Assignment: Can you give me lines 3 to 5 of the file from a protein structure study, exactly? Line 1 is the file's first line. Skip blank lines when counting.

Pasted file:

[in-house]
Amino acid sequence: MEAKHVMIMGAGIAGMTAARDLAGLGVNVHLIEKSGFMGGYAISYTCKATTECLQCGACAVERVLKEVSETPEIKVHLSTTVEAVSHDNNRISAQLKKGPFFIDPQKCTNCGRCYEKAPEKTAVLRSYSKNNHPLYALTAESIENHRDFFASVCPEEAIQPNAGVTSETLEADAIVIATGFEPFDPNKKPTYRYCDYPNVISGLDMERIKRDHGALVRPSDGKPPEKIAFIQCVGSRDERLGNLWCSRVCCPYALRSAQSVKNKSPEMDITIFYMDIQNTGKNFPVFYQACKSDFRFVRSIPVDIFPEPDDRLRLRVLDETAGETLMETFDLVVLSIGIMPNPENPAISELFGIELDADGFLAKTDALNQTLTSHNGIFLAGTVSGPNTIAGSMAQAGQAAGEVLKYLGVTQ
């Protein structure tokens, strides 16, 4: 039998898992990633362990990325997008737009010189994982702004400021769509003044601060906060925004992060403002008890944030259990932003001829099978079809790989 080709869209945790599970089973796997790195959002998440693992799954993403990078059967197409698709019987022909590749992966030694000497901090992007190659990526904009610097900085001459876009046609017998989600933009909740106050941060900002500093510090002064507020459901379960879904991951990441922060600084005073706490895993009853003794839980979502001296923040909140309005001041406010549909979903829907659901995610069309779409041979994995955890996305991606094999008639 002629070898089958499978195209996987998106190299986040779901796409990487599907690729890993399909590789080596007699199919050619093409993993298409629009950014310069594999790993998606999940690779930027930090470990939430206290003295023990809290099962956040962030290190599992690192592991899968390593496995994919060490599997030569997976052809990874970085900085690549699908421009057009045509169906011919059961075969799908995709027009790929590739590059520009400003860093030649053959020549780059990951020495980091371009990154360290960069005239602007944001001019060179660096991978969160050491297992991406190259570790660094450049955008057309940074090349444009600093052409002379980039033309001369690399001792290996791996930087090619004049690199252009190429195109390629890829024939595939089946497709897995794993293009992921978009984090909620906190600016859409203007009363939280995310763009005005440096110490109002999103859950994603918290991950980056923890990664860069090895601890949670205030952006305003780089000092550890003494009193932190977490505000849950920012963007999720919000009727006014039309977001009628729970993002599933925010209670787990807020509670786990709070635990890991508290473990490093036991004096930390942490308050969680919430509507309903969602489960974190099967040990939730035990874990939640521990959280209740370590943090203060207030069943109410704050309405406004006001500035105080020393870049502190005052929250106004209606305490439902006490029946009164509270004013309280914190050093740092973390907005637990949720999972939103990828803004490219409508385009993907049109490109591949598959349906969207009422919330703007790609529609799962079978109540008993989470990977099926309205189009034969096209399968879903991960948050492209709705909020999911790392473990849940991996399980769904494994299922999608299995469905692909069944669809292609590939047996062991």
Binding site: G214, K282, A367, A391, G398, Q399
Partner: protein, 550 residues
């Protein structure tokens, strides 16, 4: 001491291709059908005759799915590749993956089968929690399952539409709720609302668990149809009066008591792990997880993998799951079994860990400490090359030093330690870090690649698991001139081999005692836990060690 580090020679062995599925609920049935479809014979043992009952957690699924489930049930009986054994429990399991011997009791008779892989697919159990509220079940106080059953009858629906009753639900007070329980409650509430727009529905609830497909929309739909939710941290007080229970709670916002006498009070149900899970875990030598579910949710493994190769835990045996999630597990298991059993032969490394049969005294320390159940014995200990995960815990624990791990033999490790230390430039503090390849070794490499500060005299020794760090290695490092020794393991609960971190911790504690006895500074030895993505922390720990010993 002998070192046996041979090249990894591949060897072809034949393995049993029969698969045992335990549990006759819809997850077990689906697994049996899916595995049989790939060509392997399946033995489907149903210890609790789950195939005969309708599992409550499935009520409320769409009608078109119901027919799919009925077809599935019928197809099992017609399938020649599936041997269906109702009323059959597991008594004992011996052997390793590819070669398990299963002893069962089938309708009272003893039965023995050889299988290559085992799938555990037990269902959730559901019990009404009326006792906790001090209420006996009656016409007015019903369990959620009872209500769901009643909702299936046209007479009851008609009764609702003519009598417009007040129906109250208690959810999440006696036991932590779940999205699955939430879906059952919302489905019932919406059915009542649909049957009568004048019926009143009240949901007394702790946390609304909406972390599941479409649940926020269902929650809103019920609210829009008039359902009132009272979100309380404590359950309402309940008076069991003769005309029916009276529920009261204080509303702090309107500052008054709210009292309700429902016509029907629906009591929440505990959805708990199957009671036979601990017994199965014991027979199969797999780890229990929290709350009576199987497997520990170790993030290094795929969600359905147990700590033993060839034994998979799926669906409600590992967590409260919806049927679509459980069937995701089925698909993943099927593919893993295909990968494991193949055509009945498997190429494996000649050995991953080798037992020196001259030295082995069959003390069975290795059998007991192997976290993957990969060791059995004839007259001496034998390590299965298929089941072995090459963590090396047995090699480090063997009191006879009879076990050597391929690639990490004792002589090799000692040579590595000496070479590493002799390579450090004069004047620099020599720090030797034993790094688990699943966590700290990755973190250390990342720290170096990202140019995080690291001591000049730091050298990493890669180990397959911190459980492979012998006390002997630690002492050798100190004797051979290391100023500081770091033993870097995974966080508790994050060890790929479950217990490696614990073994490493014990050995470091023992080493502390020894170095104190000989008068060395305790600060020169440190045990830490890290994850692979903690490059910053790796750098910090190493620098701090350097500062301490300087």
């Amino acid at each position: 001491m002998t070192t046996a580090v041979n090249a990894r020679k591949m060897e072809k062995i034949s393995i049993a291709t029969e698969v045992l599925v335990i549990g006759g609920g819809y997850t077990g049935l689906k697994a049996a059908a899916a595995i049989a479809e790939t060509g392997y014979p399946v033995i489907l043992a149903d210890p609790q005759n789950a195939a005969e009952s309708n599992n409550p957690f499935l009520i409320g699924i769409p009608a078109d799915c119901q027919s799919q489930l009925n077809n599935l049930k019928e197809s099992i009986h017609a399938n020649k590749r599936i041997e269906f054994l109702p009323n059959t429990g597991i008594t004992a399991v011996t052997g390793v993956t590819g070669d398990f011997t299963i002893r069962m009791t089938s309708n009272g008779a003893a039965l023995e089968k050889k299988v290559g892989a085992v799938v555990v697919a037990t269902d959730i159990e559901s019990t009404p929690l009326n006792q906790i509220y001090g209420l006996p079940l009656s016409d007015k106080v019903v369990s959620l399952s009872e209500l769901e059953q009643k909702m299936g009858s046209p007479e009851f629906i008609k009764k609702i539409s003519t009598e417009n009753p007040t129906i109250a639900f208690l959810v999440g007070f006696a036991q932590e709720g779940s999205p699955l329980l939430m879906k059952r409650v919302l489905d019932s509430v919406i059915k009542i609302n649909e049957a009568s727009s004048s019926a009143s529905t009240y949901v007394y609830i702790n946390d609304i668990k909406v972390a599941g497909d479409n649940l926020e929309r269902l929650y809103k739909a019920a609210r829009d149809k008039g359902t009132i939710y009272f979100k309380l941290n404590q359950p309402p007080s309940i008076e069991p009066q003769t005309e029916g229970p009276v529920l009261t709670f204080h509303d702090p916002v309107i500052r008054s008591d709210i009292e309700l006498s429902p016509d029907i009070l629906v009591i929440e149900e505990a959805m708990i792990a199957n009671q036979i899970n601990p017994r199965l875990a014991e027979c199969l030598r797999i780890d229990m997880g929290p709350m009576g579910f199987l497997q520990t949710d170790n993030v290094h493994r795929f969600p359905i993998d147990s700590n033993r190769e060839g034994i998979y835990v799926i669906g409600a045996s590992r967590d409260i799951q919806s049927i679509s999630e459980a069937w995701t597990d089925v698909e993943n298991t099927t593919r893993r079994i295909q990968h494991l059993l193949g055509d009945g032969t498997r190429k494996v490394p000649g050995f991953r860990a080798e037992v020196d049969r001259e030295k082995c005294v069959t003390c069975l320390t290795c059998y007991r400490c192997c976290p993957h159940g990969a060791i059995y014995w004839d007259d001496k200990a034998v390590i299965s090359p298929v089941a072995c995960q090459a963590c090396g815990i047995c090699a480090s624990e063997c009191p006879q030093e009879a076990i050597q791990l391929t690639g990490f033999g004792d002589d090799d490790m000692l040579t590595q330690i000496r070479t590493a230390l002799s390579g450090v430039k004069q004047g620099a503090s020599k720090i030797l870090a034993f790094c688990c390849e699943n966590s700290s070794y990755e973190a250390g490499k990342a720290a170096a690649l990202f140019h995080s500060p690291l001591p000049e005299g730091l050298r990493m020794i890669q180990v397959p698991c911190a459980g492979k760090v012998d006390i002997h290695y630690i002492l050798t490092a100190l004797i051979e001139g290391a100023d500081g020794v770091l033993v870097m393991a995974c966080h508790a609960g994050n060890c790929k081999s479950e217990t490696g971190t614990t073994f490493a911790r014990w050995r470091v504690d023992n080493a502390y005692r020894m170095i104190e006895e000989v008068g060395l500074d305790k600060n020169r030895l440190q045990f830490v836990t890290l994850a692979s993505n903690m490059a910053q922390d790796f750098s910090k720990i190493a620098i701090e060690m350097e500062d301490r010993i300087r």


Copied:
């Protein structure tokens, strides 16, 4: 039998898992990633362990990325997008737009010189994982702004400021769509003044601060906060925004992060403002008890944030259990932003001829099978079809790989 080709869209945790599970089973796997790195959002998440693992799954993403990078059967197409698709019987022909590749992966030694000497901090992007190659990526904009610097900085001459876009046609017998989600933009909740106050941060900002500093510090002064507020459901379960879904991951990441922060600084005073706490895993009853003794839980979502001296923040909140309005001041406010549909979903829907659901995610069309779409041979994995955890996305991606094999008639 002629070898089958499978195209996987998106190299986040779901796409990487599907690729890993399909590789080596007699199919050619093409993993298409629009950014310069594999790993998606999940690779930027930090470990939430206290003295023990809290099962956040962030290190599992690192592991899968390593496995994919060490599997030569997976052809990874970085900085690549699908421009057009045509169906011919059961075969799908995709027009790929590739590059520009400003860093030649053959020549780059990951020495980091371009990154360290960069005239602007944001001019060179660096991978969160050491297992991406190259570790660094450049955008057309940074090349444009600093052409002379980039033309001369690399001792290996791996930087090619004049690199252009190429195109390629890829024939595939089946497709897995794993293009992921978009984090909620906190600016859409203007009363939280995310763009005005440096110490109002999103859950994603918290991950980056923890990664860069090895601890949670205030952006305003780089000092550890003494009193932190977490505000849950920012963007999720919000009727006014039309977001009628729970993002599933925010209670787990807020509670786990709070635990890991508290473990490093036991004096930390942490308050969680919430509507309903969602489960974190099967040990939730035990874990939640521990959280209740370590943090203060207030069943109410704050309405406004006001500035105080020393870049502190005052929250106004209606305490439902006490029946009164509270004013309280914190050093740092973390907005637990949720999972939103990828803004490219409508385009993907049109490109591949598959349906969207009422919330703007790609529609799962079978109540008993989470990977099926309205189009034969096209399968879903991960948050492209709705909020999911790392473990849940991996399980769904494994299922999608299995469905692909069944669809292609590939047996062991």
Binding site: G214, K282, A367, A391, G398, Q399
Partner: protein, 550 residues